What I'm Reading
A highly original Victorian murder mystery, which is totally absorbing with a unique central character.
This is the second book in a series but stands alone well, without any obvious recap or information dump. It features a transgender man, which, in Victorian times would have put him in an asylum should his secret become known. The 'secret' is a factor in the mystery surrounding the murder of a woman and the future of her orphaned children, but does not dominate the story otherwise. This is handled much better than I imagined it would be.
Nineteenth century London is depicted in a charming way, with appropriate language such as the use of the words 'fellow' and 'marvellous' and no pseudo-historical speech. There is a music hall, pie shop and a pharmacy that has a dentist's chair. None of these are lost in swathes of descriptive text but included in the stride of the story.
The titular Anarchists' Club highlights the contrast between the social classes and the issues of poverty, working conditions and education. There are references to the wave of revolution that had already spread through the rest of Europe nearly forty years earlier, which includes new ideas such as those of Darwin. The survival of the fittest concept being used to exploit poor because that is the natural order of things.
The theme of family runs throughout, with several characters in conflict with their natural parents while others struggle to find out their true parentage. As in real life, families and loyalties are complicated and tested frequently. The idea of only women being able to raise children is considered, as the protagonist seeks out women (mothers) to adopt a pair of orphans before he realises that both his landlord and his own father raised their children without mothers. The bond builds between the orphans and the transgender amateur detective, which makes him wonder if he has an instinctive desire to nurture them. As his female friend says about raising children: 'It's like bits of your soul detaching themselves and walking around on their own.'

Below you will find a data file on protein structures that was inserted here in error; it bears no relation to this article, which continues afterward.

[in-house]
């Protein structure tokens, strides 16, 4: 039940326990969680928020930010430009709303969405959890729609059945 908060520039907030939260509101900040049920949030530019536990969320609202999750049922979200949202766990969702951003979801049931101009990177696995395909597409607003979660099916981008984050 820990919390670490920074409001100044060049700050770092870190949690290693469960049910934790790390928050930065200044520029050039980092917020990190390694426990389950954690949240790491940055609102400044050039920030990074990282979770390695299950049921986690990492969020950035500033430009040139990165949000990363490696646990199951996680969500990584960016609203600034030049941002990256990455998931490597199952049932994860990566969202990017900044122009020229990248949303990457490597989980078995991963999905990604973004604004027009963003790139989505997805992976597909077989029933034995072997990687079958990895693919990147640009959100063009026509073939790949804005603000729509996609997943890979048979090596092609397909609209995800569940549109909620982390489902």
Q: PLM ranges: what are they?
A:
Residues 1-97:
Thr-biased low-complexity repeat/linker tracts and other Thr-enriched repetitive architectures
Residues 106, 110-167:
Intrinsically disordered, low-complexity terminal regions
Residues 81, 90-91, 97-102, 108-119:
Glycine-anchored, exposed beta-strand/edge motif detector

There is tension, atmosphere and terror in this excellent book and I am looking forward to reading more about this unique character.
Published by Bloomsbury Publishing Plc., Raven Books May 2019. See my list of the latest books set in Victorian times.
Advanced review copy supplied by the publishers.